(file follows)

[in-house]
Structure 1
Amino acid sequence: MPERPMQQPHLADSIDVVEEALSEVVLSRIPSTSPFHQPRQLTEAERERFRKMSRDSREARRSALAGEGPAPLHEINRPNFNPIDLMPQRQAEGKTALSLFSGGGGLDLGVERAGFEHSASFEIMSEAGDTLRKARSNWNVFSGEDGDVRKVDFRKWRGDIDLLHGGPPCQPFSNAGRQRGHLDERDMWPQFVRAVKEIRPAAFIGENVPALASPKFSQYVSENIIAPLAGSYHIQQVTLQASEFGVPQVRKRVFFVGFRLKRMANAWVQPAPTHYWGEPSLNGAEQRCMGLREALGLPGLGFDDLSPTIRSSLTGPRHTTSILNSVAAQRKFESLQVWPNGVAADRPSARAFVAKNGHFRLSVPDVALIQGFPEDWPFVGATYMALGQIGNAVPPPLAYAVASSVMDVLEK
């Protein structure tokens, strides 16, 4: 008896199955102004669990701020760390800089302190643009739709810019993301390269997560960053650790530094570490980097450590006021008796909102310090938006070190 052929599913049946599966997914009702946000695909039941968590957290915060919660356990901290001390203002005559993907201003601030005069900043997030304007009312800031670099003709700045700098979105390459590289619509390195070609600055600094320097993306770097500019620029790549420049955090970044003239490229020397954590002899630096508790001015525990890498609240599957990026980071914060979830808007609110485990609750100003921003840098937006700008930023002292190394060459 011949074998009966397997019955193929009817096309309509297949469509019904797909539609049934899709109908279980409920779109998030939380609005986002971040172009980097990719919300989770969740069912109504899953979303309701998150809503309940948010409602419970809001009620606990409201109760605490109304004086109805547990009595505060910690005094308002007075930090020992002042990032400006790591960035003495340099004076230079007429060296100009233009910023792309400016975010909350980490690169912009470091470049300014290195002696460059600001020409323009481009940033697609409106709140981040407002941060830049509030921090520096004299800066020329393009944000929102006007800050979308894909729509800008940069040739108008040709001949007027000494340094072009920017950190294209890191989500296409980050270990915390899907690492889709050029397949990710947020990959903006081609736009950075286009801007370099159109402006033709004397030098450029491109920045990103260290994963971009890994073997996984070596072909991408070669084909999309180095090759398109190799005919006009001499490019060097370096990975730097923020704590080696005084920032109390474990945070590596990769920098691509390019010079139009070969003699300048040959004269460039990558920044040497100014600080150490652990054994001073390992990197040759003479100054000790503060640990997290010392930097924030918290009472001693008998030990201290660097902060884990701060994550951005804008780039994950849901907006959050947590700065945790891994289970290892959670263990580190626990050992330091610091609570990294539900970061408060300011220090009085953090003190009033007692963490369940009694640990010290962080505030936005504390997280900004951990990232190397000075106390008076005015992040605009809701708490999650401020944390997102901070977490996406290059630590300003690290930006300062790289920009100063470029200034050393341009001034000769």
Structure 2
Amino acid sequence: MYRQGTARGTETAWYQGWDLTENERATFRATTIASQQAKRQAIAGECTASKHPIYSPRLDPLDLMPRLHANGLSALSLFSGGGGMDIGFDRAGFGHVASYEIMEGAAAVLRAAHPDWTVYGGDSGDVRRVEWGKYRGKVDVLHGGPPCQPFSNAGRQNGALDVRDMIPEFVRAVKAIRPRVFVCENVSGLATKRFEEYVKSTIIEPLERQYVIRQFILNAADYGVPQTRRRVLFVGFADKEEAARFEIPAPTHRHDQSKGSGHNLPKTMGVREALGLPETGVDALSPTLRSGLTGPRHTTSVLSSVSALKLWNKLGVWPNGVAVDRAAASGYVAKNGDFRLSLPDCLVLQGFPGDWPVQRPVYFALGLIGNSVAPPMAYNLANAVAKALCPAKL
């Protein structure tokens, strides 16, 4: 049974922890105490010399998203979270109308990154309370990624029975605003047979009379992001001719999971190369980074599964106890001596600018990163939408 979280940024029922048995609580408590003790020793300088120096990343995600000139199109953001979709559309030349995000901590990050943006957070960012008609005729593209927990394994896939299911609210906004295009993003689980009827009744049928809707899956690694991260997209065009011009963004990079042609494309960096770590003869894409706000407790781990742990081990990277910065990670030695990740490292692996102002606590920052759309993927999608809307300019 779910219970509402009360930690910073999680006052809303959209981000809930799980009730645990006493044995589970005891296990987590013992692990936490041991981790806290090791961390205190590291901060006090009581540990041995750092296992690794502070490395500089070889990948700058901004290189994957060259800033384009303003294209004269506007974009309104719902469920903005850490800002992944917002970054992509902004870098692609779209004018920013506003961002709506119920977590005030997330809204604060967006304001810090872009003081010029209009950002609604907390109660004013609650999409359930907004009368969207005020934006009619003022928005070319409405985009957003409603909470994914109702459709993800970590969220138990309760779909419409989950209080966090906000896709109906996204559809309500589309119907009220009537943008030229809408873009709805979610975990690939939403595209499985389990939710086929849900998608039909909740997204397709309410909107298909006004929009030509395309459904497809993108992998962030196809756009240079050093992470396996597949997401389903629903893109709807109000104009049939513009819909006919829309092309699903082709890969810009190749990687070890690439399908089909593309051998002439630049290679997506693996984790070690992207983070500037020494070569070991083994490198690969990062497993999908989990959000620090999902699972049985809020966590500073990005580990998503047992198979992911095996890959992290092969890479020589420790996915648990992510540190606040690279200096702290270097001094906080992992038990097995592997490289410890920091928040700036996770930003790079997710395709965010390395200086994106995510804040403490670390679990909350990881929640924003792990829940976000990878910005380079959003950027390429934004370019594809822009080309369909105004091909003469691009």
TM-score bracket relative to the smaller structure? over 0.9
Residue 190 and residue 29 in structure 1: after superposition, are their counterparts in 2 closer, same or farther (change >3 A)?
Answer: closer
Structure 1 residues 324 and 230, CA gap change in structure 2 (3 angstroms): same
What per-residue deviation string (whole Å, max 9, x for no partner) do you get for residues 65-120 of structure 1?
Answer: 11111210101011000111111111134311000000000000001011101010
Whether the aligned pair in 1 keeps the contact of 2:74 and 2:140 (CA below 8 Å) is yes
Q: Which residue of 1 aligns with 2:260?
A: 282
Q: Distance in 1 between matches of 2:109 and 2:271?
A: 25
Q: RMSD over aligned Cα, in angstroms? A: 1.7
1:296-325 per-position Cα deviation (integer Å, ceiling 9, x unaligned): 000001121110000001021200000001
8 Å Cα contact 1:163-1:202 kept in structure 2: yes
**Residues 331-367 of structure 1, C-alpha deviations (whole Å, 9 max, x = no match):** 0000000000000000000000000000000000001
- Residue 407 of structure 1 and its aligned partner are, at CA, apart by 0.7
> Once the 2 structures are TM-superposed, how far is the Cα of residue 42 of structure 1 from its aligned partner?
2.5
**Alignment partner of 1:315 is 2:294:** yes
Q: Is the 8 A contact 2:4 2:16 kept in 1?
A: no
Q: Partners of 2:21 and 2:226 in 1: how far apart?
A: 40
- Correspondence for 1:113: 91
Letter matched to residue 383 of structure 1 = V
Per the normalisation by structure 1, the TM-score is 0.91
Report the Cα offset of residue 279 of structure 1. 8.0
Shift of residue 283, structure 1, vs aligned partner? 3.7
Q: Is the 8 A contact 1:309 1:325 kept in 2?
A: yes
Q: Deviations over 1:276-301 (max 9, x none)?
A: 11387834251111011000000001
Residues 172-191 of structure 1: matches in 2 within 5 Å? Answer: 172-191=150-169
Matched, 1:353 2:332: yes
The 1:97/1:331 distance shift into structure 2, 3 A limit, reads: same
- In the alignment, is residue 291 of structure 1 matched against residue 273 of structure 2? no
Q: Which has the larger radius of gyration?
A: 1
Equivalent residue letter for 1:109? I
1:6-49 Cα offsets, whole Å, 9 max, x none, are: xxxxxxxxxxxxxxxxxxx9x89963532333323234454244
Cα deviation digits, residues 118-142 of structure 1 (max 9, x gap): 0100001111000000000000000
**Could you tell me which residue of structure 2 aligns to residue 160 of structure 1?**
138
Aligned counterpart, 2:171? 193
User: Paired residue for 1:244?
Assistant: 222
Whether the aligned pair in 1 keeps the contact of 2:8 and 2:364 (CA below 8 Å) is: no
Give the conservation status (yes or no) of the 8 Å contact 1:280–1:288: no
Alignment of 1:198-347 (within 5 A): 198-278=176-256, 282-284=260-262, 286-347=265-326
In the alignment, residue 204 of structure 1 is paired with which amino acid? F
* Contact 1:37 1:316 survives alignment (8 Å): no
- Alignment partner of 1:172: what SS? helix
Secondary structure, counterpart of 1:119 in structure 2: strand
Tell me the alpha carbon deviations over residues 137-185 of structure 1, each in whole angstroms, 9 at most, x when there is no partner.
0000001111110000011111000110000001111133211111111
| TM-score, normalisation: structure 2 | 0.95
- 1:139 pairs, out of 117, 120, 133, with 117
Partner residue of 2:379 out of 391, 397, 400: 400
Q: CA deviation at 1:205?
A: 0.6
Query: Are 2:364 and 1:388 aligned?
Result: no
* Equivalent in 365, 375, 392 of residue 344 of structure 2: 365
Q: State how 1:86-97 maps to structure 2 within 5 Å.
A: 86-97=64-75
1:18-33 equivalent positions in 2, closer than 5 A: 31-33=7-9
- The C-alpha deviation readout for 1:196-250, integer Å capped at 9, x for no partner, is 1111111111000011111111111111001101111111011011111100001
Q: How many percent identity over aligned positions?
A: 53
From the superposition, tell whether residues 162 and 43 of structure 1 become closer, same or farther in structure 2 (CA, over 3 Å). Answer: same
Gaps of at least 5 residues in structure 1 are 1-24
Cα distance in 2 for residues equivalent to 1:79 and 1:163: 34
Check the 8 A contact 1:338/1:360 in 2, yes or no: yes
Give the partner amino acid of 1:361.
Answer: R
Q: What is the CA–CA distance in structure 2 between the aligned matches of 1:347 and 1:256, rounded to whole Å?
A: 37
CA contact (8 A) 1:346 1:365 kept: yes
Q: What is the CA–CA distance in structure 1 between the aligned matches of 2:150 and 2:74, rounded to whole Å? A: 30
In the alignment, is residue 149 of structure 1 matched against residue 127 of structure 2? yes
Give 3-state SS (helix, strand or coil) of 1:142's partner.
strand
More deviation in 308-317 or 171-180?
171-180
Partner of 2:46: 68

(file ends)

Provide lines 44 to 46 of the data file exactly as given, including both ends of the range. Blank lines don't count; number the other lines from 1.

Q: Which has the larger radius of gyration?
A: 1
Equivalent residue letter for 1:109? I